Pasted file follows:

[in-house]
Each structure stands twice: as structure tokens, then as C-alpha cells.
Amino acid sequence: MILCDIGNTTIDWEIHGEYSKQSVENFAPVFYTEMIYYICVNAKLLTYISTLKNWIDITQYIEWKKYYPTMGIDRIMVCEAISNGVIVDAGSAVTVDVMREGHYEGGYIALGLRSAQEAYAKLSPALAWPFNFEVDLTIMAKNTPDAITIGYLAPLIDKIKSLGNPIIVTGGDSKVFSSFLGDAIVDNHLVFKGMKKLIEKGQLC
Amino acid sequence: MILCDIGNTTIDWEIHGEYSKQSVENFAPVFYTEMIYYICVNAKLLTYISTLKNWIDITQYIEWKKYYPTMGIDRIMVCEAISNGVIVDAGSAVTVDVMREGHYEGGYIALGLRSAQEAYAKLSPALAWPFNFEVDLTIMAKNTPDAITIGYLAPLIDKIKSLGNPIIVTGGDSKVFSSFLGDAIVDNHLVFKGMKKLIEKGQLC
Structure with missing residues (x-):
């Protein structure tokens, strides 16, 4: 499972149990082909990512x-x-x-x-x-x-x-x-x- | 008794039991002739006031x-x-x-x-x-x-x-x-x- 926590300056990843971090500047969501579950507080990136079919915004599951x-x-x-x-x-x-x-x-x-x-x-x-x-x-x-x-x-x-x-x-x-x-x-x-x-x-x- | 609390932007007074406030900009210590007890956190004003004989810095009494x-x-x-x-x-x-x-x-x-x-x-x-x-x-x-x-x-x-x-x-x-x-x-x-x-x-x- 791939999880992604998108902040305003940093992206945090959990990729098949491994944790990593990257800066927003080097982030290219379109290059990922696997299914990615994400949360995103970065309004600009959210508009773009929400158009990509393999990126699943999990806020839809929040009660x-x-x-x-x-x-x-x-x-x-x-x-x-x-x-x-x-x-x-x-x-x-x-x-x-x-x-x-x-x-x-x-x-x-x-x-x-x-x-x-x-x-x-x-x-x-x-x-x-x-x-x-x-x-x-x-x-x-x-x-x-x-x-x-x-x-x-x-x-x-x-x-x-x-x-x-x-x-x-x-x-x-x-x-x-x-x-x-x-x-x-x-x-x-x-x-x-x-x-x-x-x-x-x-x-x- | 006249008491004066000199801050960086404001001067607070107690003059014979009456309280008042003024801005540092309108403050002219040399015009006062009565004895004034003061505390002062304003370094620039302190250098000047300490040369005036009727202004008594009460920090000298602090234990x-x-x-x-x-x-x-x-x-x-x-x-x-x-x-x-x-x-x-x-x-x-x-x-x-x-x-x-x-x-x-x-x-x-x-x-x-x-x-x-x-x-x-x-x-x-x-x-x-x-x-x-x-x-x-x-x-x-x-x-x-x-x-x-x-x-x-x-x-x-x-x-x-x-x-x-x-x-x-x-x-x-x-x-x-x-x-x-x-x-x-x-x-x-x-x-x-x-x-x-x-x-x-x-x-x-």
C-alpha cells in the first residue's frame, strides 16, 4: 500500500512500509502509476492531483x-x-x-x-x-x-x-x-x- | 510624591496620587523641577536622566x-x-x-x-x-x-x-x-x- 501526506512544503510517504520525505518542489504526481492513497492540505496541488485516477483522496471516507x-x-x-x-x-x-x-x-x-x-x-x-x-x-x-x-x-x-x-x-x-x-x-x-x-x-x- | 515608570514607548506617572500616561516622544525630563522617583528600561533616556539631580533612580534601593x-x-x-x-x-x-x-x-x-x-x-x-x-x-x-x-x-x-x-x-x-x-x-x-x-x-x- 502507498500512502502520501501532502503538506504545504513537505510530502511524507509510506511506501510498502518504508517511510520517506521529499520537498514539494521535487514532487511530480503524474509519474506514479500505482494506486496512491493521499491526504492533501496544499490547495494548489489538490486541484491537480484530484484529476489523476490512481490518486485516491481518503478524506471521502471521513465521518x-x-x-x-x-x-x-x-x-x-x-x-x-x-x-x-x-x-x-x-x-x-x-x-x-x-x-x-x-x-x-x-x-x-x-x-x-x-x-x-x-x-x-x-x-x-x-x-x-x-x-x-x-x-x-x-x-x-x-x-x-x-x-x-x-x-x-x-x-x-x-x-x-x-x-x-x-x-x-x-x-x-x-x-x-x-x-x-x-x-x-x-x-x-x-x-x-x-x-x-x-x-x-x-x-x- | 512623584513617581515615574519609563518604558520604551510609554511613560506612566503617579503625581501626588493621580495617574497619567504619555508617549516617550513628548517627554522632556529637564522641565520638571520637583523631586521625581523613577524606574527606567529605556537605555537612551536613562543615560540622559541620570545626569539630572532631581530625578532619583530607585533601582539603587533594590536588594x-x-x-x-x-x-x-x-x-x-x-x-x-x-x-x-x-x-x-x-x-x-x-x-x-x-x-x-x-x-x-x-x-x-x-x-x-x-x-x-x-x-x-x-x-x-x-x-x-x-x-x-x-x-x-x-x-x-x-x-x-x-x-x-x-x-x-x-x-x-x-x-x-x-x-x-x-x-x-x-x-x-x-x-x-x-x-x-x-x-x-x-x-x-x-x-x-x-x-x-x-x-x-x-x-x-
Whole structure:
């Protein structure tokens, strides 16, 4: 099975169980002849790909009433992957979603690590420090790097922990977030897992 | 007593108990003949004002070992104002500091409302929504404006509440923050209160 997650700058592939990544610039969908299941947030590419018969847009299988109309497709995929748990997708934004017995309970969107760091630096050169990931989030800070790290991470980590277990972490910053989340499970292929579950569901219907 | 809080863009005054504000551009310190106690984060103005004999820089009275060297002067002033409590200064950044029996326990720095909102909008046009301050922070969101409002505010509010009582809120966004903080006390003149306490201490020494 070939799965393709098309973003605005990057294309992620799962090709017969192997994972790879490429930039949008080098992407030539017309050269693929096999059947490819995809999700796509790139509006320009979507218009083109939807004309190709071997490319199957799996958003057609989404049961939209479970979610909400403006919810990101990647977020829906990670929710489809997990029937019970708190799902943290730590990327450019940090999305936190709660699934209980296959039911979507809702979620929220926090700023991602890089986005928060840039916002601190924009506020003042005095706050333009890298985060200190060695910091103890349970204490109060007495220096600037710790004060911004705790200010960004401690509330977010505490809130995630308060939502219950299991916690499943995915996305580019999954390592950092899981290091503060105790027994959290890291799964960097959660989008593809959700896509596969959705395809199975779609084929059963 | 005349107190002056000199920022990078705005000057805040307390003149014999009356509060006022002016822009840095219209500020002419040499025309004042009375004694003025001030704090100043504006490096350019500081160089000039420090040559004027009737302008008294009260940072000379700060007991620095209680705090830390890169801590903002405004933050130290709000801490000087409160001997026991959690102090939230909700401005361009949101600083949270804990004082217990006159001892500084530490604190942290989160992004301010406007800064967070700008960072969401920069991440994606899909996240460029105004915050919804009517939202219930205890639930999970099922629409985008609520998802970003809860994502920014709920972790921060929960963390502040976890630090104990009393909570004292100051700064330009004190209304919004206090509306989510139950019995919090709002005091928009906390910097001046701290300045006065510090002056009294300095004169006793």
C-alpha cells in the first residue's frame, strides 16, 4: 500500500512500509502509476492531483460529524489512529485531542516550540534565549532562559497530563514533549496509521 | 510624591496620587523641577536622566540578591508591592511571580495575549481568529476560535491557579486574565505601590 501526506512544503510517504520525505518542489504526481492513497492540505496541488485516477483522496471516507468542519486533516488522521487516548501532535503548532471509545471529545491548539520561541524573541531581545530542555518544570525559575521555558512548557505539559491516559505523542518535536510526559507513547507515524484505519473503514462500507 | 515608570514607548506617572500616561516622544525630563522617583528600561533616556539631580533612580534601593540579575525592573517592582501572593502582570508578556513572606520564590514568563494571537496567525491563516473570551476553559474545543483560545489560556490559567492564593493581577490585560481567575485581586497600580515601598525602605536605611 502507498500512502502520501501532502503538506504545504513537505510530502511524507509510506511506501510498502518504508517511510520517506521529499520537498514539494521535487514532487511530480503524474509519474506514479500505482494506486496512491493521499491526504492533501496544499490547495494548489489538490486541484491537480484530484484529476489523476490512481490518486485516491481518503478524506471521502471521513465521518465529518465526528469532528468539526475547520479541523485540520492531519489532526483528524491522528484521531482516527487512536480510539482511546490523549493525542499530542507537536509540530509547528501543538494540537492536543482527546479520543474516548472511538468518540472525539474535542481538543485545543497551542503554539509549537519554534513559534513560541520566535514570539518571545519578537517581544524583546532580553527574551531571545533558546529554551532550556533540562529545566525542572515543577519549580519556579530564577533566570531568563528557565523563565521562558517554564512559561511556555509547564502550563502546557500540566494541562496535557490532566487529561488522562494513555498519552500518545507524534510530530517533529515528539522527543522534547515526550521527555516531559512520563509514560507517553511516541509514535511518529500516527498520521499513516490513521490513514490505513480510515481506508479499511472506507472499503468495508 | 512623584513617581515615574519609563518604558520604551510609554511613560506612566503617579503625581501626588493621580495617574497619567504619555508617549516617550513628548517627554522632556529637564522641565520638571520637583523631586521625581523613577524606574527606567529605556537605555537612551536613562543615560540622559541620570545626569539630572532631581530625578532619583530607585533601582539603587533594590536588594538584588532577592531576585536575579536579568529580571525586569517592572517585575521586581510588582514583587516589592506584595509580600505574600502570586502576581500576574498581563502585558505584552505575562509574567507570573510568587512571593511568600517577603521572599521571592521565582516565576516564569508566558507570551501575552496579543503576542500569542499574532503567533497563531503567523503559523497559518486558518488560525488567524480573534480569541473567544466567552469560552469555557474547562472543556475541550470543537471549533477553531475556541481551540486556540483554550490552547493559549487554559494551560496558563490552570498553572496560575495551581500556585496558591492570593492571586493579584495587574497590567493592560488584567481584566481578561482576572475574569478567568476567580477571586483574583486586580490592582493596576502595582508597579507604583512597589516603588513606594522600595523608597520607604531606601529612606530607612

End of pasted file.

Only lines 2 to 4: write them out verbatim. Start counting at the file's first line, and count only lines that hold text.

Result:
Each structure stands twice: as structure tokens, then as C-alpha cells.
Amino acid sequence: MILCDIGNTTIDWEIHGEYSKQSVENFAPVFYTEMIYYICVNAKLLTYISTLKNWIDITQYIEWKKYYPTMGIDRIMVCEAISNGVIVDAGSAVTVDVMREGHYEGGYIALGLRSAQEAYAKLSPALAWPFNFEVDLTIMAKNTPDAITIGYLAPLIDKIKSLGNPIIVTGGDSKVFSSFLGDAIVDNHLVFKGMKKLIEKGQLC
Amino acid sequence: MILCDIGNTTIDWEIHGEYSKQSVENFAPVFYTEMIYYICVNAKLLTYISTLKNWIDITQYIEWKKYYPTMGIDRIMVCEAISNGVIVDAGSAVTVDVMREGHYEGGYIALGLRSAQEAYAKLSPALAWPFNFEVDLTIMAKNTPDAITIGYLAPLIDKIKSLGNPIIVTGGDSKVFSSFLGDAIVDNHLVFKGMKKLIEKGQLC